ASN Aircraft accident Boeing 737-8H6 (WL) 9M-MXX Sibu Airport (SBW)
ASN logo

Status:Accident investigation report completed and information captured
Date:Saturday 8 April 2017
Type:Silhouette image of generic B738 model; specific model in this crash may look slightly different
Boeing 737-8H6 (WL)
Operator:Malaysia Airlines
Registration: 9M-MXX
MSN: 40161/5052
First flight: 2014-08-14 (2 years 8 months)
Total airframe hrs:9164
Engines: 2 CFMI CFM56-7B26E
Crew:Fatalities: 0 / Occupants: 6
Passengers:Fatalities: 0 / Occupants: 63
Total:Fatalities: 0 / Occupants: 69
Aircraft damage: Substantial
Aircraft fate: Repaired
Location:Sibu Airport (SBW) (   Malaysia)
Phase: Landing (LDG)
Nature:Domestic Scheduled Passenger
Departure airport:Kuala Lumpur International Airport (KUL/WMKK), Malaysia
Destination airport:Sibu Airport (SBW/WBGS), Malaysia
A Malaysia Airlines Boeing 737-800, operating flight 2718, suffered a landing accident at Sibu Airport, Malaysia. All occupants evacuated. Malaysia Airlines confirmed there were no injuries.
The flight departed Kuala Lumpur International Airport in Malaysia at 20:08 hours LT. Rainshowers were passing the destination of Sibu Airport as the aircraft attempted to land on runway 13.
The aircraft veered to the right of runway 13 and travelled approximately 480 m on the soft ground parallel to the runway before coming to a stop diagonally towards the runway edge. The nose gear collapsed just before the aircraft came to a complete stop.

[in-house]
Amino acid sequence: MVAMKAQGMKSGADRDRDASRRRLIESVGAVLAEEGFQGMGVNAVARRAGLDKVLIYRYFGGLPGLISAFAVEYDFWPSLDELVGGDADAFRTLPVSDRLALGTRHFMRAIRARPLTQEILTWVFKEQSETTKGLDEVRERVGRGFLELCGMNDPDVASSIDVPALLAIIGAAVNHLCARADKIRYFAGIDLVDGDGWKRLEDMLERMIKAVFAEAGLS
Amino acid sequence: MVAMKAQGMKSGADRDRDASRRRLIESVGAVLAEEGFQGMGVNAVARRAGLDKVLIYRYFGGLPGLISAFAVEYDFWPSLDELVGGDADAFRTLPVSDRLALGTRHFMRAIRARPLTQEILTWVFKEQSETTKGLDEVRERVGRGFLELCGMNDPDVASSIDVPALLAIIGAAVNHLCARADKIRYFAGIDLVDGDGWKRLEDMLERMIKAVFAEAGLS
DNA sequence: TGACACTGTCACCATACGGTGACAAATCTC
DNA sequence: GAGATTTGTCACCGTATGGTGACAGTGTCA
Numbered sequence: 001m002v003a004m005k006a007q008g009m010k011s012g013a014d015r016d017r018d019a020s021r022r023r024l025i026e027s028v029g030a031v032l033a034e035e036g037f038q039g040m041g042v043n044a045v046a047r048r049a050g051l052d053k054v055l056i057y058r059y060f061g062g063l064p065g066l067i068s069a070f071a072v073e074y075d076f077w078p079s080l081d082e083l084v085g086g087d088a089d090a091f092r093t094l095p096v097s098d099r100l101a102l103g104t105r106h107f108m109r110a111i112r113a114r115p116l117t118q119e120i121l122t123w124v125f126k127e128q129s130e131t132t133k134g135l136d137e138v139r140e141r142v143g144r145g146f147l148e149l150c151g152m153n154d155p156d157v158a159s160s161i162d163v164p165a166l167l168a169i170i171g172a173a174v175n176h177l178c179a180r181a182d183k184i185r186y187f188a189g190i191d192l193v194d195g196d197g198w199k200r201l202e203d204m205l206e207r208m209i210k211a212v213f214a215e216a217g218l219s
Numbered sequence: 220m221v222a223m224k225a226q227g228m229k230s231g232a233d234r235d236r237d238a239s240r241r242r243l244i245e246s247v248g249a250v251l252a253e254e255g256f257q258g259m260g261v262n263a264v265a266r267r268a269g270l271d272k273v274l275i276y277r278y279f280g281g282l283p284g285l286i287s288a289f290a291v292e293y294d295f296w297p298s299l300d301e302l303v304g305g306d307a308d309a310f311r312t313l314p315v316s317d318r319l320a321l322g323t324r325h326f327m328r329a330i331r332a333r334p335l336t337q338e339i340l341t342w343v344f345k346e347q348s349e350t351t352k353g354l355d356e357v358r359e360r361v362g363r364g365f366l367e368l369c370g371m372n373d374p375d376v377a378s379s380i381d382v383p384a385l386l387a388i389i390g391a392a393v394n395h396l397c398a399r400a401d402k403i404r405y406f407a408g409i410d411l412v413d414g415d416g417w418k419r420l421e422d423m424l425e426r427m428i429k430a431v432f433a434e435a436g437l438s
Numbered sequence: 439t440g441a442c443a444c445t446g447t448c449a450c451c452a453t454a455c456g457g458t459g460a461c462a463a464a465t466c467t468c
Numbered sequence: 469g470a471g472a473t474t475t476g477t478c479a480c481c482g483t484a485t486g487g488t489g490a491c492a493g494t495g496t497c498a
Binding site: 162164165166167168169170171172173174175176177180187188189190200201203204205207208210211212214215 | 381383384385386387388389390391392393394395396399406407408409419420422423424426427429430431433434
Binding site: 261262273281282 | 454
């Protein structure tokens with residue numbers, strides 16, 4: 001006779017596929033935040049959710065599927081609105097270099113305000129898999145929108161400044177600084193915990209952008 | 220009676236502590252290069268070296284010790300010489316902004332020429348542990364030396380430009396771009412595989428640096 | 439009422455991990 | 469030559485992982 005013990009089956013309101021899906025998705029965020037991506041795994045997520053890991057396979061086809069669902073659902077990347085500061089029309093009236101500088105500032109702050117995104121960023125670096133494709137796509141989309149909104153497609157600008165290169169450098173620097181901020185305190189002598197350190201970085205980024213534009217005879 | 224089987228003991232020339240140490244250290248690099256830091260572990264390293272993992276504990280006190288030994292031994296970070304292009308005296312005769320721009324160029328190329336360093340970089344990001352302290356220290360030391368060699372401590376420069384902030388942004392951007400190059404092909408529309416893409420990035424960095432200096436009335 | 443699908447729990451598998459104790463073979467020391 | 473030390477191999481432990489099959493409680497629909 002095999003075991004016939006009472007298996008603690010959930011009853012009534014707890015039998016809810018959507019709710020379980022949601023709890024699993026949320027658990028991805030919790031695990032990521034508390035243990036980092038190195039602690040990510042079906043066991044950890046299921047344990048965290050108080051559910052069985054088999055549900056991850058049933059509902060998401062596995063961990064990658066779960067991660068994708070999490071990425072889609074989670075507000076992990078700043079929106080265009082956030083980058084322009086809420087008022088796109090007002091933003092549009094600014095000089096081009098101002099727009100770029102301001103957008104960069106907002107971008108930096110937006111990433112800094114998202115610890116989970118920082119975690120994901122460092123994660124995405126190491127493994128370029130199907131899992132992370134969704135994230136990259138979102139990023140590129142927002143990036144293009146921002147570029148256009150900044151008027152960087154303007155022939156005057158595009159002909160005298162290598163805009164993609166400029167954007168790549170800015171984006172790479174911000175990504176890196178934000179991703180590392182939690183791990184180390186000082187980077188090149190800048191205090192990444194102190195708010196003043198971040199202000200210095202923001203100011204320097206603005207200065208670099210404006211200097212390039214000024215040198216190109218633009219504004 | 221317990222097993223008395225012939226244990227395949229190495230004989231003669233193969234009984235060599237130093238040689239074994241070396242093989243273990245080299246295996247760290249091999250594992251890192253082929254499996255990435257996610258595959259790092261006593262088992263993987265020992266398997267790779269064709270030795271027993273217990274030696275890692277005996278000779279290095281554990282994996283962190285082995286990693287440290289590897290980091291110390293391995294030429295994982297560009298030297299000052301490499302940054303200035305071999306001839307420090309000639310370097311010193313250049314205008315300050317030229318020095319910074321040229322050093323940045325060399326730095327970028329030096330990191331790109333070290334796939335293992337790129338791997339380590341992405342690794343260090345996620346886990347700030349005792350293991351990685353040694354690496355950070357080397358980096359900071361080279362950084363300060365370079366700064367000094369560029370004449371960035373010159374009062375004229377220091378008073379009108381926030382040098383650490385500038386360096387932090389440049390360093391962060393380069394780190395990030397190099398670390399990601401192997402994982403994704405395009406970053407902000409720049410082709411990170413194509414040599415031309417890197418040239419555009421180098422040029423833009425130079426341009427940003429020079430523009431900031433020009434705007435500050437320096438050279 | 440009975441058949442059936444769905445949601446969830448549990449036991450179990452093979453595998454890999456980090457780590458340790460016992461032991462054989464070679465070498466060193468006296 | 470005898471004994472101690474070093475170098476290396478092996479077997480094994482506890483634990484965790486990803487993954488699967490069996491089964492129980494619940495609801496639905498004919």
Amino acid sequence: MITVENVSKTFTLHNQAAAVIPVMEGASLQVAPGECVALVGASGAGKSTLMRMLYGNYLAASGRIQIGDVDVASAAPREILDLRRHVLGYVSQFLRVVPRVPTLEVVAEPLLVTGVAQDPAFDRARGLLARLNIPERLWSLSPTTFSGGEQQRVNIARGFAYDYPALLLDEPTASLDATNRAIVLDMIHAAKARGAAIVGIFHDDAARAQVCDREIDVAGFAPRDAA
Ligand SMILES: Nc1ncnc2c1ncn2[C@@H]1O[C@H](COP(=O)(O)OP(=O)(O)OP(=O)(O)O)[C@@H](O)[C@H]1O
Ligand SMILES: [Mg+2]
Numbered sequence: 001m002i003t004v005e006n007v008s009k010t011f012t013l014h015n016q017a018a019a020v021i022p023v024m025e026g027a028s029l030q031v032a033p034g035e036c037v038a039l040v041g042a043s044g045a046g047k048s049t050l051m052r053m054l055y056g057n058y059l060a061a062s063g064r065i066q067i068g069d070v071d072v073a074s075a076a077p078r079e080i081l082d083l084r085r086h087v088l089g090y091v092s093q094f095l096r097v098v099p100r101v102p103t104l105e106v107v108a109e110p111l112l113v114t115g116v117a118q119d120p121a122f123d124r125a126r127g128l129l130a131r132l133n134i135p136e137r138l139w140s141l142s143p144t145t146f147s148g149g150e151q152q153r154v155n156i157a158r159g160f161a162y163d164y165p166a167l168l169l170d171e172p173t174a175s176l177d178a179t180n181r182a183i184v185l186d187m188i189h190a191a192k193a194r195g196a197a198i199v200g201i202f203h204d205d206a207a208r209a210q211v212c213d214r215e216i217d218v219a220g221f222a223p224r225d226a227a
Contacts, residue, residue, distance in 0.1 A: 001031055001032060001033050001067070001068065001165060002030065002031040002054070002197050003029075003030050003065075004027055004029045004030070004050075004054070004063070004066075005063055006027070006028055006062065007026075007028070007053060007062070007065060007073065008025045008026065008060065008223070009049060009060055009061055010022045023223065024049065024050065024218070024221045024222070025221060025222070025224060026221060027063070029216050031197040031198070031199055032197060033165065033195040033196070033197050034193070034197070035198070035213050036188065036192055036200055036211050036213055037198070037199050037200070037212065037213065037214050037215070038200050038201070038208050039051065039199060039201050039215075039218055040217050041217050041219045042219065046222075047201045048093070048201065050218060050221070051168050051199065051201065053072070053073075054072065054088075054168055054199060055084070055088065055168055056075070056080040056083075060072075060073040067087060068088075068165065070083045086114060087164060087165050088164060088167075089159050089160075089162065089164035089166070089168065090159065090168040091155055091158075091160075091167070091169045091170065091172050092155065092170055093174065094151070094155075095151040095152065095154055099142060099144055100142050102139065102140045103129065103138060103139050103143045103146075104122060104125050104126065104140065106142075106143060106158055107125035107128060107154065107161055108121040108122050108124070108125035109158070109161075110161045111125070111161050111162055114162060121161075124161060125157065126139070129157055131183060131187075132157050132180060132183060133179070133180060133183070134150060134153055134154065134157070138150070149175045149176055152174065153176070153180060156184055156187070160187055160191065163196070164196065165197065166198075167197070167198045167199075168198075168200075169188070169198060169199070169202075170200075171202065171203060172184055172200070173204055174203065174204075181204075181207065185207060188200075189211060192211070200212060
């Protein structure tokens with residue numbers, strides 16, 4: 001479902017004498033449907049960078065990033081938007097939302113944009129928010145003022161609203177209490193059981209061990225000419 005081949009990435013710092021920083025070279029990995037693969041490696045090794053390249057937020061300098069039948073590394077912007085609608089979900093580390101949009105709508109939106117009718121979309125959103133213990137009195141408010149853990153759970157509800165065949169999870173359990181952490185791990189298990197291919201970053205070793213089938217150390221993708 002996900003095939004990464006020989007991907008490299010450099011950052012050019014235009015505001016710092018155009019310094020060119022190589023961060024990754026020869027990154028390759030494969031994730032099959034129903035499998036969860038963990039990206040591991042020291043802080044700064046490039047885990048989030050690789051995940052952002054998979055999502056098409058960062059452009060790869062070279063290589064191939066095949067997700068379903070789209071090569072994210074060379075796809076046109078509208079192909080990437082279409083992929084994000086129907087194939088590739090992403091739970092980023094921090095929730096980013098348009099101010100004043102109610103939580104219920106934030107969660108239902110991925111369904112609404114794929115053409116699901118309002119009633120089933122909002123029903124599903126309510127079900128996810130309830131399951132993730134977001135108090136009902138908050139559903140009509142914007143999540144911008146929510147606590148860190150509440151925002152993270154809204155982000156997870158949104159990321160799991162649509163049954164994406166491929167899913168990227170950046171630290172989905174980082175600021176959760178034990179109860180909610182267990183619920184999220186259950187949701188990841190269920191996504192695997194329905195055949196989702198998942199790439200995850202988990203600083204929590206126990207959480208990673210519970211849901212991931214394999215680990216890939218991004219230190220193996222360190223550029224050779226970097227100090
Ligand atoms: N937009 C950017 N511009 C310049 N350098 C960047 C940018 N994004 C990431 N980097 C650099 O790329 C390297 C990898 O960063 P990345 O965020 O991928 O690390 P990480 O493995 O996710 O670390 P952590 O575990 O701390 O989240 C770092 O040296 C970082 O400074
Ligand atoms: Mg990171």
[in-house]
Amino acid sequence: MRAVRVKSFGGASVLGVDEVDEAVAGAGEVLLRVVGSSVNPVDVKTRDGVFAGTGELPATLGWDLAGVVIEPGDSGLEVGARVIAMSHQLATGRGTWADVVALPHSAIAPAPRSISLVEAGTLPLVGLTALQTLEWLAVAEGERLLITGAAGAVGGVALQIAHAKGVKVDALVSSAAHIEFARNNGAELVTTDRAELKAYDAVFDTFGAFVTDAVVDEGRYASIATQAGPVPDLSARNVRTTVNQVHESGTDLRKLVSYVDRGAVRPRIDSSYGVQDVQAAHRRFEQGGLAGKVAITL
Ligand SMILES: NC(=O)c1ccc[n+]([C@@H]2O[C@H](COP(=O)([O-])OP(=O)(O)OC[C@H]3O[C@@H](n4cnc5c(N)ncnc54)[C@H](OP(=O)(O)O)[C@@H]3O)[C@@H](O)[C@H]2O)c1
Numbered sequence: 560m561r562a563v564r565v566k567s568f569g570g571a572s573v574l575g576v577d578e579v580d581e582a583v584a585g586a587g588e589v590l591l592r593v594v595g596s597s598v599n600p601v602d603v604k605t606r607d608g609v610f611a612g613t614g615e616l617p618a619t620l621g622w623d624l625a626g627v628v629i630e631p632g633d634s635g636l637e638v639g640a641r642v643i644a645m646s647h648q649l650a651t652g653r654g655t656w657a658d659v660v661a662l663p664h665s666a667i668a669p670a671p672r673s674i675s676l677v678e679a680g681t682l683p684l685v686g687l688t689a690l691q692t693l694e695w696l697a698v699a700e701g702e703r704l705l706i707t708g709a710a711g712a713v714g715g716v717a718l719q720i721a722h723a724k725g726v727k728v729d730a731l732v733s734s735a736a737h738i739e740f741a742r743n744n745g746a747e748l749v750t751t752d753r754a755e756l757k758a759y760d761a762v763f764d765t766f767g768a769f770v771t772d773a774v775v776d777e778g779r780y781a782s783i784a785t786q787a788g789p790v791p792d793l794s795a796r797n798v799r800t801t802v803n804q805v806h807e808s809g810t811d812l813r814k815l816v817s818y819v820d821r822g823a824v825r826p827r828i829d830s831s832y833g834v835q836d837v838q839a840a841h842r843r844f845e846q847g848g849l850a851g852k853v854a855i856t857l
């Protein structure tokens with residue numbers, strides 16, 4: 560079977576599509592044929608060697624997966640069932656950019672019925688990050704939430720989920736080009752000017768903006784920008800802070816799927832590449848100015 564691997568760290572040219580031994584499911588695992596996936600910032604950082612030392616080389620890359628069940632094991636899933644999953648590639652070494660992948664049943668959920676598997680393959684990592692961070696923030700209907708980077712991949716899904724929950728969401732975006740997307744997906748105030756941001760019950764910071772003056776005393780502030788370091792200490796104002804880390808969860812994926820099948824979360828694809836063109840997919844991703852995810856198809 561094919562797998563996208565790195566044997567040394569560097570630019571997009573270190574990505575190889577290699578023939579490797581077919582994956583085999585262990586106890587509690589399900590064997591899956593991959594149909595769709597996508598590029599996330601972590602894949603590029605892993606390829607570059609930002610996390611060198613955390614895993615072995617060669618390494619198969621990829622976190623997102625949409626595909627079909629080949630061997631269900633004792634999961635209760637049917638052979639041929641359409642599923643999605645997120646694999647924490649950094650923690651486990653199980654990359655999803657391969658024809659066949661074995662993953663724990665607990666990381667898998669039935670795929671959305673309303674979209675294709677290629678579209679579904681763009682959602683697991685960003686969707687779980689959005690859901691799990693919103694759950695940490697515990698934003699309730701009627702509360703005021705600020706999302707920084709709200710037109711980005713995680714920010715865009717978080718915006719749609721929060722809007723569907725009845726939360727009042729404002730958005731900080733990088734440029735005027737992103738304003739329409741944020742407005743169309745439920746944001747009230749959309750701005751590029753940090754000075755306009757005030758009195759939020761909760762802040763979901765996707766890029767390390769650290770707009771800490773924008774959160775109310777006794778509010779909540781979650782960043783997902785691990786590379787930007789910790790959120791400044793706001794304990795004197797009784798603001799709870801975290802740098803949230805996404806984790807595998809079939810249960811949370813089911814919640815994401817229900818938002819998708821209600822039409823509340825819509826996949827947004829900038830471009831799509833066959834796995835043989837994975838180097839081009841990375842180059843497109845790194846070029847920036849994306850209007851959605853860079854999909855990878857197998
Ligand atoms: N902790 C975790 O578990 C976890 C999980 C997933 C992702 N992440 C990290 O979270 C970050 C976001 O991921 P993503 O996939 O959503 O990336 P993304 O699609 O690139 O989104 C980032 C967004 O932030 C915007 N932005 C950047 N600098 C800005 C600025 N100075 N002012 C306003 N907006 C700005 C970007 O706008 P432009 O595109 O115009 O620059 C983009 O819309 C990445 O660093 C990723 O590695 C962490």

All passengers and crew were safely evacuated from the aircraft using the two forward slides. No injuries were reported during the whole serious incident. The aircraft sustained damages to the nose gear assembly and also the lower fuselage aft of the nose gear, while areas around the flaps, engine cowling and fan bypass areas sustained minor damages as a result of the runway excursion.

Probable Cause:

1 A sudden increase in the intensity of rain while approaching the runway at night resulted in the significant reduction of the PF's visual reference. Under these conditions and without the runway centerline lights, the PF did not detect the lateral movement of the aircraft in time to correct the displacement from the runway centerline.
2 Pilot induced oscillation resulting in the progressive input of roll angle to the right of up to 6 degrees during flare maneuver without any considerable left rudder input. This resulted in a drift in the aircraft heading towards the right side of the runway. The resultant drift angle recorded on touchdown was 4 degrees (Runway heading is 129° while the touch down heading was 133°).
3 The PF had likely lost his positional awareness with reference to the runway edge due to the degraded visibility, hence, did not exert sufficient and timely rudder application to regain the runway centerline before departing the surface of the runway.

1 Continuous rain with changing intensity over the airfield throughout the approach and landing.
2 Inadequate risk assessment on the prevailing weather conditions made by the flight crew through the established TEM briefing as stipulated in the MAB OM (A).